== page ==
Shocking WWII Berlin Fest Competition Drama ‘Natural Light’ Gets First Trailer (EXCLUSIVE)

A portrait of a well-meaning man caught in events he cannot control and understands all too late, Hungarian Denes Nagy’s Berlin Competition entry “Natural Light” has a first trailer, shared exclusively with Variety by sales company Luxbox.

Set in icy marshland in Russia during WWII, “Natural Light” accompanies corporal István Semetka, drafted into a Hungarian unit whose mission is to locate and kill Russian partisans hiding in the woodlands.

Lodging at a benighted village whose houses are wooden shacks, its peasantry slopping down its muddy street sometimes shoe-less, Semetka’s company takes a route out of the hamlet recommended by the head of the village and comes under guerrilla fire, the company head being killed. When a sergeant major arrives to take command, the reprisal against the village will no doubt haunt Semetka for the rest of his days.

Lead produced by Hungary’s Campfilm, and co-produced by Latvia’s Mistrus Media, France’s Lilith Films, Germany’s  Propellerfilm, Belgium’s Novak Prod. and Hungary’s Proton Cinema, “Natural Light” marks the feature debut of a fiction and TV documentary director whose short, “Soft Rain,” premiered at the Cannes Festival’s 2013 Directors’ Fortnight.

The trailer features at least five shots of Semetka simply gazing, as well as the faces of villagers caught in close-up, the wintry landscapes and cutaway detail. An “in-present” portrait of a man at war, Semetka is attentive to physical detail — his grimed fingernails or the rag he uses as a sock in his water-logged boots.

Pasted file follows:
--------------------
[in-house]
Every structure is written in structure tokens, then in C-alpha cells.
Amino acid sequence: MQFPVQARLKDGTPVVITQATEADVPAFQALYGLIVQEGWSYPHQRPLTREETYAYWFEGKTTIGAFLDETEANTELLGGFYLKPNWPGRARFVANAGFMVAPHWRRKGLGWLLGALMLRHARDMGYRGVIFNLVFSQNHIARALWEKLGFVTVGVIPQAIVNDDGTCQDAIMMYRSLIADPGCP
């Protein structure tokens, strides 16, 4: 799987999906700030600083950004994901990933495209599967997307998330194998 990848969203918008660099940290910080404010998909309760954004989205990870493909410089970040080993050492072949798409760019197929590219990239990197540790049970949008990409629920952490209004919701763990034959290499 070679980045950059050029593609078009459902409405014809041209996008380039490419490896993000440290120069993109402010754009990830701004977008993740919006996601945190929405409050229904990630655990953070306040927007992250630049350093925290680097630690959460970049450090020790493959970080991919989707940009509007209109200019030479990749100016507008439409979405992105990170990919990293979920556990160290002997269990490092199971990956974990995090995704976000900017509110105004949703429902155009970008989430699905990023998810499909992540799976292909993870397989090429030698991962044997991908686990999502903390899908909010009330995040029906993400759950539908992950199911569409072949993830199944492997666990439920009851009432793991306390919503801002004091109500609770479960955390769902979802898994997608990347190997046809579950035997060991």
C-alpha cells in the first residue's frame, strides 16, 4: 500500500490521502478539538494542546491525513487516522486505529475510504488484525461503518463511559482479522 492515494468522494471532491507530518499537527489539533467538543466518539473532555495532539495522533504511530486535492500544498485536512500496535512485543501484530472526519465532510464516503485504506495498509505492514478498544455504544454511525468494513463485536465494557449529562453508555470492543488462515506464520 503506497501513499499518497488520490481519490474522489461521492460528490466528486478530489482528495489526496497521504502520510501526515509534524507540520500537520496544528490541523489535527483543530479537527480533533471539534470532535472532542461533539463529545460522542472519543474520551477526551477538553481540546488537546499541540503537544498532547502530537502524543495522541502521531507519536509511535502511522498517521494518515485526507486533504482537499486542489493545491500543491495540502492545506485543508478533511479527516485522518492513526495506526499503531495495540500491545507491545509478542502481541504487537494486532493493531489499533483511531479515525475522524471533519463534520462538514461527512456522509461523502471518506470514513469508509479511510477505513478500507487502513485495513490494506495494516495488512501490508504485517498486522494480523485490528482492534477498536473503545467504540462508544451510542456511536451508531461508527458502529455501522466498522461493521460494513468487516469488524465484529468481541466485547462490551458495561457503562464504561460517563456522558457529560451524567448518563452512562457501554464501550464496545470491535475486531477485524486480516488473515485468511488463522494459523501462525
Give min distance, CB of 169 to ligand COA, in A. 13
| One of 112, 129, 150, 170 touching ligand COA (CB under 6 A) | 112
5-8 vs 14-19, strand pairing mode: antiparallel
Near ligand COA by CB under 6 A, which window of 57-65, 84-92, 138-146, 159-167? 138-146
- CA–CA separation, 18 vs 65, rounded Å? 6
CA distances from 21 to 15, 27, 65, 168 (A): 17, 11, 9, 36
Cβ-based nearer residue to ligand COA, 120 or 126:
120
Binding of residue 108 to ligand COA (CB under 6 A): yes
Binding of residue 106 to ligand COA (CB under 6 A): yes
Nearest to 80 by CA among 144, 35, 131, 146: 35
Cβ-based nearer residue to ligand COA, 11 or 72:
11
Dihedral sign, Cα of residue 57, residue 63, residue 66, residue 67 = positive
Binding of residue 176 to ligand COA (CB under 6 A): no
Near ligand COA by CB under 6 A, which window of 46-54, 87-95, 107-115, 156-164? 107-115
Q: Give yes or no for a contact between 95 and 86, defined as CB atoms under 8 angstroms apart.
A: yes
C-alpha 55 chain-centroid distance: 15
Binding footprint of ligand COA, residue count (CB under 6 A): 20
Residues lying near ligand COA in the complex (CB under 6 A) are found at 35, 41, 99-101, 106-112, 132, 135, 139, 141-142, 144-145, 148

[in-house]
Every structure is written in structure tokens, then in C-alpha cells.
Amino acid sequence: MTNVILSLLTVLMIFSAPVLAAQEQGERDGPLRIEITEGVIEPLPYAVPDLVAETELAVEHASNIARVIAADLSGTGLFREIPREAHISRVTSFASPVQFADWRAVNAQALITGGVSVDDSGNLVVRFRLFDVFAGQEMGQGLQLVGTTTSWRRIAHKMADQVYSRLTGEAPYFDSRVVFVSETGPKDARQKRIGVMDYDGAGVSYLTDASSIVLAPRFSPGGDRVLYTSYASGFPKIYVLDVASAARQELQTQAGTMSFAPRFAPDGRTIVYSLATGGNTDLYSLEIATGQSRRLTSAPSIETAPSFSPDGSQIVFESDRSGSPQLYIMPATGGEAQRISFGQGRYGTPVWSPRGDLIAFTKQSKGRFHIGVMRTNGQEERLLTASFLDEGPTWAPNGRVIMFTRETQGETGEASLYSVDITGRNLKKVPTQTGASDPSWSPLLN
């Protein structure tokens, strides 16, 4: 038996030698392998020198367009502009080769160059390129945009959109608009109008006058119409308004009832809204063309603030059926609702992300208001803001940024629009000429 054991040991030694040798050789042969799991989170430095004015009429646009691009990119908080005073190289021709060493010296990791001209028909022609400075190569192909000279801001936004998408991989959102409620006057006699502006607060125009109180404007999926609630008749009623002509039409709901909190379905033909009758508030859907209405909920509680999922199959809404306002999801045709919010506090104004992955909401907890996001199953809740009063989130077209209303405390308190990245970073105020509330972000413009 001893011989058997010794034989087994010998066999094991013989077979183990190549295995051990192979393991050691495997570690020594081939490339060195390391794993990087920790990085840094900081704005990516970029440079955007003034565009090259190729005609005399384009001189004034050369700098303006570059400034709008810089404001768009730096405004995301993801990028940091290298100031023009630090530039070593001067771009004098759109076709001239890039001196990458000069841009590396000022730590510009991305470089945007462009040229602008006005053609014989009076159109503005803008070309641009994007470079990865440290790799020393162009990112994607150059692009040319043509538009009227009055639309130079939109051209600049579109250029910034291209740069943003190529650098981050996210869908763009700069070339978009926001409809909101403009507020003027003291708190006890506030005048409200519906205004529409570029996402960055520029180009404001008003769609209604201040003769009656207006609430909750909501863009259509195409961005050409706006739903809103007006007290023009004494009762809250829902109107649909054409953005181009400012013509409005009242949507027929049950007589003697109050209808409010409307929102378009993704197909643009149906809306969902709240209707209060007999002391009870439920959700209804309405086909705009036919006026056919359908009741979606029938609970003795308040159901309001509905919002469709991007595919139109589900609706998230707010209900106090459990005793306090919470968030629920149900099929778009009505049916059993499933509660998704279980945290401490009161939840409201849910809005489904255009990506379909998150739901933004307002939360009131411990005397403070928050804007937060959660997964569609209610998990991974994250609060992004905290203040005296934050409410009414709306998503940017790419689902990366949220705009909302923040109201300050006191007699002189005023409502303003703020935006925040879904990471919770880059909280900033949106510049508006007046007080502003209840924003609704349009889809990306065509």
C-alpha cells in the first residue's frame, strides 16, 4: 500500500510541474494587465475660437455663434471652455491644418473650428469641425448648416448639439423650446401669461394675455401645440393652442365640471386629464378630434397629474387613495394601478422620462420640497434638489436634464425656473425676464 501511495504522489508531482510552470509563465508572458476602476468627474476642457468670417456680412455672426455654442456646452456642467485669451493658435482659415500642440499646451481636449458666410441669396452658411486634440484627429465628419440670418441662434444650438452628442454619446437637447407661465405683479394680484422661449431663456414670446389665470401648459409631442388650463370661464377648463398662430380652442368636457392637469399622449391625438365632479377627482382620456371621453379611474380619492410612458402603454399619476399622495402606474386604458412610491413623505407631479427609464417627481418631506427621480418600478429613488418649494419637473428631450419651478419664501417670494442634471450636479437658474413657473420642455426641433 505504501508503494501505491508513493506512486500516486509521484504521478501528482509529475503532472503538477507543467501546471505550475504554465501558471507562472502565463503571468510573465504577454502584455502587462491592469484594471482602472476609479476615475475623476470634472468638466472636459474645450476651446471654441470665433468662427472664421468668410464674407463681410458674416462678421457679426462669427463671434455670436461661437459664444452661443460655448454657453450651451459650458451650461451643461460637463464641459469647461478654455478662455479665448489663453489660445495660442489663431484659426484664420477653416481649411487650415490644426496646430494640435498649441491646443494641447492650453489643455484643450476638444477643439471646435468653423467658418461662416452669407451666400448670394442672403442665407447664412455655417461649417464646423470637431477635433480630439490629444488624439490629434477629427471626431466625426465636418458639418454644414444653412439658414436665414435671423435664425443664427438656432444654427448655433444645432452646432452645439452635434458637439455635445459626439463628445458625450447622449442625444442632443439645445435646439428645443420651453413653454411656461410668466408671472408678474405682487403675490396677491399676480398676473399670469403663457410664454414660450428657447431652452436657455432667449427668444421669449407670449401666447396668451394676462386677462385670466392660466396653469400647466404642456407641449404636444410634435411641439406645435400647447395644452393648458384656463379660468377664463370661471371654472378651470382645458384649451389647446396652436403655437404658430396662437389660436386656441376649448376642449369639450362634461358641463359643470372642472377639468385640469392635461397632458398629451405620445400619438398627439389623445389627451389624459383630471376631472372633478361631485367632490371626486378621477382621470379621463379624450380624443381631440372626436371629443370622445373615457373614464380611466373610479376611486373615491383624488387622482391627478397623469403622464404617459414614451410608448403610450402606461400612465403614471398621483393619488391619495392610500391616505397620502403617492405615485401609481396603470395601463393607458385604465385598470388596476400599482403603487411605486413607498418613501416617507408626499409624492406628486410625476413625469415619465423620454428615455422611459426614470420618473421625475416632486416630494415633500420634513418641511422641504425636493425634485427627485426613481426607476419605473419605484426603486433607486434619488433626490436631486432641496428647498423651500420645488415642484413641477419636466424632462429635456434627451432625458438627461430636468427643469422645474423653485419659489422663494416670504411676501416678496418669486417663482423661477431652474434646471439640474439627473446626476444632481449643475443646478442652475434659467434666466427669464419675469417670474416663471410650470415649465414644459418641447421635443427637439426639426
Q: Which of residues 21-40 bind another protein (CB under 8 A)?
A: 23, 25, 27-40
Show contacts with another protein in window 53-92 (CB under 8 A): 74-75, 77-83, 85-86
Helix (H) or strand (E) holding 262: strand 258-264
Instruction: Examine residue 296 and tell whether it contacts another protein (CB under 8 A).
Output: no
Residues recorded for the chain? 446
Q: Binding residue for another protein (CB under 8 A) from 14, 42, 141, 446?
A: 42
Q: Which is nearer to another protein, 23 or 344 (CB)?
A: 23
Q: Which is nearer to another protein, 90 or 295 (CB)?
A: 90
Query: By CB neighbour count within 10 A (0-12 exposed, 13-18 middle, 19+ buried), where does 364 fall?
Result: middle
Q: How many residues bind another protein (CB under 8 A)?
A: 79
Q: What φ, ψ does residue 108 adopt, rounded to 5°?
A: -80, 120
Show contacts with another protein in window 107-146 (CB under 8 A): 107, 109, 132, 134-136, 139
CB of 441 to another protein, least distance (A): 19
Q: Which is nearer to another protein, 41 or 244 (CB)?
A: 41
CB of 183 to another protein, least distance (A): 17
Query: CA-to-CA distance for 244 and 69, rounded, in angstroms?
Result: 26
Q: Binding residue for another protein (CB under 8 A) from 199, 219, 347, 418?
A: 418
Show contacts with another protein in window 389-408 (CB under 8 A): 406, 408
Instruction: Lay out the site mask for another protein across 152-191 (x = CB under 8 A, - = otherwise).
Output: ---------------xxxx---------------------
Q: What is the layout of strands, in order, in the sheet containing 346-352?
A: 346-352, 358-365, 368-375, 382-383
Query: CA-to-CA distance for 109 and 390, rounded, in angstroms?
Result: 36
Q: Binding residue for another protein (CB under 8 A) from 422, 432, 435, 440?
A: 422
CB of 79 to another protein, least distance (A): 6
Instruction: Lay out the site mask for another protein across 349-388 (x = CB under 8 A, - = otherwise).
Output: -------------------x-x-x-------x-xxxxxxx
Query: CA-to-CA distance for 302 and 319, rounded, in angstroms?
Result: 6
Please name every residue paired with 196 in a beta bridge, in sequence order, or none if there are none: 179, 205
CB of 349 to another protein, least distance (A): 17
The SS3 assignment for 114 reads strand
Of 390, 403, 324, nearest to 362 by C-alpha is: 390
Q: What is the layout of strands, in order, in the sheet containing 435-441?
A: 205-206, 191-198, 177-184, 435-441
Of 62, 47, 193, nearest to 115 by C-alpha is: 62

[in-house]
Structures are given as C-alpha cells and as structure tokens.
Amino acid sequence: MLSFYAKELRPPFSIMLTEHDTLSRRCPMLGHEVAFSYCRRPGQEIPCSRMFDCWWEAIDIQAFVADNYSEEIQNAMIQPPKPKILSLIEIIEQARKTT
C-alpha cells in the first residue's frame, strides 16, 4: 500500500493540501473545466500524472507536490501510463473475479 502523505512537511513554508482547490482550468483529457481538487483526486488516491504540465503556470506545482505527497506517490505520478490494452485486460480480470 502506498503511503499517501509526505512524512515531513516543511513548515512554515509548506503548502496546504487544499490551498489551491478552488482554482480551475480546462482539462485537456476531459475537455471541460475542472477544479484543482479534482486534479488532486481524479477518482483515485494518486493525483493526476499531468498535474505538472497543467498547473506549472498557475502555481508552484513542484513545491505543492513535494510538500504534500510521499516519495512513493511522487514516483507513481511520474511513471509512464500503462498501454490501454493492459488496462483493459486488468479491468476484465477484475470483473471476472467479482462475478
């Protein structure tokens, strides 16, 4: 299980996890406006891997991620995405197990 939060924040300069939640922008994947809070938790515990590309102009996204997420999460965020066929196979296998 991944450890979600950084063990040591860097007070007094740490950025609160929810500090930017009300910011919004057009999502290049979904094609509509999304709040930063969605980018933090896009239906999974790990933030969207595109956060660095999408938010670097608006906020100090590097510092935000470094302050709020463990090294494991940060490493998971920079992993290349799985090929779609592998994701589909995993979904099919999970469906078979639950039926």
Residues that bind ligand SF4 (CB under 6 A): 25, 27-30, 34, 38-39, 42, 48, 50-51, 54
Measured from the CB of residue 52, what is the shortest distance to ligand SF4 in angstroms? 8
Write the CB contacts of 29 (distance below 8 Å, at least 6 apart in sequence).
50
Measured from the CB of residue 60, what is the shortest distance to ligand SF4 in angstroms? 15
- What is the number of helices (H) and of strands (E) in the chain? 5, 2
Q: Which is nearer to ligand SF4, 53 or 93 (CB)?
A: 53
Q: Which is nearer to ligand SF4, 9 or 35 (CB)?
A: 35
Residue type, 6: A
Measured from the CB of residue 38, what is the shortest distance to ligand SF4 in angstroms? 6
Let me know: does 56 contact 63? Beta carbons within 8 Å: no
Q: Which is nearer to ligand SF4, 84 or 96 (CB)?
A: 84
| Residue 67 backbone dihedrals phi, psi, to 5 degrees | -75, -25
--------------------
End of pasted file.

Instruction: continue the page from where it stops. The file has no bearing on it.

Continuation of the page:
Plucked from a very small part of Hungarian Pal Závada’s 600-page novel, the film’s heart, however, says Nagy, is “the problem of not seeing clearly.” Semetka witnesses a terrible atrocity, which he may have been able to stop. But he doesn’t seem to anticipate it coming. Nor does he question the futility of the Hungarian army, allies of Nazi Germany, marching from one village to the next, alienating their populations.

“I wanted to observe a man who is not fully aware of what choices he must face,” Nagy says in a director’s statement. “What are the things that lead him to becoming part of a killing? What choices he didn’t make on the way? This is interesting for me. And there is no clear answer to this.” he adds.

That, he continues, has a large resonance in current times: “We think that we have acquired a clear judgment about things around us, we believe that we know what’s our task in life. The  film wants to question this image of ourselves. It wants to show how fragile this image is.”

 

Courtesy of Luxbox

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